Again, not to deny that there are people making other objections out there. It's just that I haven't encountered them in my cloistered effete ivory tower world ;)

About this part of my last comment: "Compare: "if you had to just make something up, couldn't you have come up with something that wasn't hurtful and insulting?" " -- When I was originally writing that comment, I was thinking of an analogy like this: you (gentle reader) and I are at some party; the conversation flags uncomfortably; I say something just to fill up the awkward silence, something that isn't true and is moreover insulting and hurtful to you; and then you say: "if you had to just make something up, couldn't you have come up with something that wasn't hurtful and insulting?" I started to write the detail I just wrote, decided it was too long and awkward, and cut it out. Then it occurred to me that that comment could be read to refer to Summers (he made things up, etc.). That's not how I intended it at all.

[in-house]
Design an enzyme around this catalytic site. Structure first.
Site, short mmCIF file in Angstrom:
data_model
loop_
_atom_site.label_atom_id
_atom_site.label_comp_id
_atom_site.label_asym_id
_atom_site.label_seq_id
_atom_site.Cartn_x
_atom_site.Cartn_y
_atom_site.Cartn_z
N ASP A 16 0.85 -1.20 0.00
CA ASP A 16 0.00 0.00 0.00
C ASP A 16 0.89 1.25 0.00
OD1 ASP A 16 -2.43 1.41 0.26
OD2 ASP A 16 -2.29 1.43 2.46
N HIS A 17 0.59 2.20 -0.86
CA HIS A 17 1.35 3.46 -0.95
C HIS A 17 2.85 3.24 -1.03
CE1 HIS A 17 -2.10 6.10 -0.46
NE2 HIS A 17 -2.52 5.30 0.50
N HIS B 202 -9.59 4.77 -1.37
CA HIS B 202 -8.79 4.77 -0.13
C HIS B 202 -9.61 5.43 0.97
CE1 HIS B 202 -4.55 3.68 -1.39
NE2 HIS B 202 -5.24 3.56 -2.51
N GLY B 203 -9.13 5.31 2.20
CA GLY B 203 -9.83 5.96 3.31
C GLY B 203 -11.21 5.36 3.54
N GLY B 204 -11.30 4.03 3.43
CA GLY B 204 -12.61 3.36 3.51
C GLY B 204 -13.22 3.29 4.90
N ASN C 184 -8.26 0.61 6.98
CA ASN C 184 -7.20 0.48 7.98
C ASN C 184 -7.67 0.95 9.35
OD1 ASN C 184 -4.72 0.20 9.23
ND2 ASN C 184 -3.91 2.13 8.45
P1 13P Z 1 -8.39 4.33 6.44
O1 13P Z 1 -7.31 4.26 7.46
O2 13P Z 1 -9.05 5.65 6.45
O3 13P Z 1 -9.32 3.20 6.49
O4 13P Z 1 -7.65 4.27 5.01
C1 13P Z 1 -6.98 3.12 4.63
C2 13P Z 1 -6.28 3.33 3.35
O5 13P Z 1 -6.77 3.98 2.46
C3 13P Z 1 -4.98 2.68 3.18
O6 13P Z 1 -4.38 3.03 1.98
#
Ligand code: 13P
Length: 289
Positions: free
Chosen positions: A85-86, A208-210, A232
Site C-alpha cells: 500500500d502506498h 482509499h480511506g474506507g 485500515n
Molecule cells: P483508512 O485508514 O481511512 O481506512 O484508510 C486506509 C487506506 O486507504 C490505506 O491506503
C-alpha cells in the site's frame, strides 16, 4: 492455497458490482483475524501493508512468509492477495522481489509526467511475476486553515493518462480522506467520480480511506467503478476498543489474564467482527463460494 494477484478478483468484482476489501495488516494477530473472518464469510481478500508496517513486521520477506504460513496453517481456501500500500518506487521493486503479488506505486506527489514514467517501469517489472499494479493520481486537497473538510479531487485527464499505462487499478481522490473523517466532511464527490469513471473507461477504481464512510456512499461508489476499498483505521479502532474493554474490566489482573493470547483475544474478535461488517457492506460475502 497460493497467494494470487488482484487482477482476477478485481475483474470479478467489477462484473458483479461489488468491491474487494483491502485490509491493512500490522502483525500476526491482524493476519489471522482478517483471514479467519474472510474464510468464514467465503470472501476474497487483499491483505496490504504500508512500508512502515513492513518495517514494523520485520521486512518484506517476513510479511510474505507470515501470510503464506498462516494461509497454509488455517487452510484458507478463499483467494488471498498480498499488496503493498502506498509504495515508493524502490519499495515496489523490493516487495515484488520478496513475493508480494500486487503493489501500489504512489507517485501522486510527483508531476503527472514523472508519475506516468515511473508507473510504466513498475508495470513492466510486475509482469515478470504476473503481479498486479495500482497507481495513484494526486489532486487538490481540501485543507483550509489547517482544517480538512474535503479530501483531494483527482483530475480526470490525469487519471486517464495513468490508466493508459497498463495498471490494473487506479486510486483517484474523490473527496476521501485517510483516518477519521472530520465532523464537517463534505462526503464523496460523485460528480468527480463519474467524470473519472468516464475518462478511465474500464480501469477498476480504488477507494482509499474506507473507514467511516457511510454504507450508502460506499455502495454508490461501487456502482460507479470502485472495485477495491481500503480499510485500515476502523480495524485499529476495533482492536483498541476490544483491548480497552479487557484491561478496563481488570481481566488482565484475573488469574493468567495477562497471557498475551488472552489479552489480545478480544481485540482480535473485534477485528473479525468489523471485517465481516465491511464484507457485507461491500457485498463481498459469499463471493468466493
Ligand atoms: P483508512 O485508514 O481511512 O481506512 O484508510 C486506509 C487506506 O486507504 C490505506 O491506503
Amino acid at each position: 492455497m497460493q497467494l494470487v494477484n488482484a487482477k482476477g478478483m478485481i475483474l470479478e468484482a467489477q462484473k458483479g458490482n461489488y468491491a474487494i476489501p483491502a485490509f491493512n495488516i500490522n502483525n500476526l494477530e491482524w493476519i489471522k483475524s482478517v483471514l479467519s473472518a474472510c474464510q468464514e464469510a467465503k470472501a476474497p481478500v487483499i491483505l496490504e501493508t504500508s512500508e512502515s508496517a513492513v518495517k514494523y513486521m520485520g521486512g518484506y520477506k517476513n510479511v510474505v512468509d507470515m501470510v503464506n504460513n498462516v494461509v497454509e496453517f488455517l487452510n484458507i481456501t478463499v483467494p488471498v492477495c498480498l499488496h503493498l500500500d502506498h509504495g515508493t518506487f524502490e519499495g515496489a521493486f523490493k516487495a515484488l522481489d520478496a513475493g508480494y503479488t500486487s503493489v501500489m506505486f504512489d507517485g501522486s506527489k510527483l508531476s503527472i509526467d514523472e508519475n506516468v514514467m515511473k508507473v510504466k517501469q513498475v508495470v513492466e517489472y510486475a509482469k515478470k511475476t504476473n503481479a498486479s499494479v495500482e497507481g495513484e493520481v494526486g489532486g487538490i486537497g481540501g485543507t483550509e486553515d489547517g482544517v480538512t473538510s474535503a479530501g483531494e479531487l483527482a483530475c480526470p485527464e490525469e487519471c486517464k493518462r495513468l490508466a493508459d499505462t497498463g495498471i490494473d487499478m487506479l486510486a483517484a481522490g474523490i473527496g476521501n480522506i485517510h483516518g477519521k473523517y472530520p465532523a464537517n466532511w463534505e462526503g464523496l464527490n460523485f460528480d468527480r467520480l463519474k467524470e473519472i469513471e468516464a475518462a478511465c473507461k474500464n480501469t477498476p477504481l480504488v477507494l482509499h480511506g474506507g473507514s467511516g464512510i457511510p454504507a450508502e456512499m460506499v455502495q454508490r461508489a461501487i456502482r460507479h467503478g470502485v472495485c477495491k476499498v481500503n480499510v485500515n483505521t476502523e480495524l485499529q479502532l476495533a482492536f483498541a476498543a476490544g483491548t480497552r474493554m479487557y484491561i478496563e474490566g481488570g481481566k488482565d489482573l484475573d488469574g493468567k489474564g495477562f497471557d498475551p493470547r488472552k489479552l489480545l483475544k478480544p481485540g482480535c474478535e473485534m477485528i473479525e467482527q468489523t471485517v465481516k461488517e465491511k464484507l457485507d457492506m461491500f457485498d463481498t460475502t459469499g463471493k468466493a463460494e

For the record.

"presented a badly formed hypothesis with no evidence to support it, that contradicted what we know about the complexity of biology, and he misrepresented it as the result of current, “cutting-edge research.”

AFAIK all of the above is incorrect - since a greater variance for male mammals is a) expected given their chromosomal setup b) sensible from an evolutionary perspective c) observed, and since some of the above was discussed at the conference, which was d) purposefully off the record so difficult matters could be discussed freely.

(The truck stuff was dumb, but not walk-out-before-fainting dumb, esp given d).)

On the other hand, since you know orders of magnitude more biology than I ever will...

Luskin is an idiot. But then, so is Brad DeLong! I give it a day or two before someone points out something insanely stupid contained in his latest gem.

When two drooling idiots are in a mud fight, it's best not to pick a side, just to enjoy the show and laugh at whomever wins.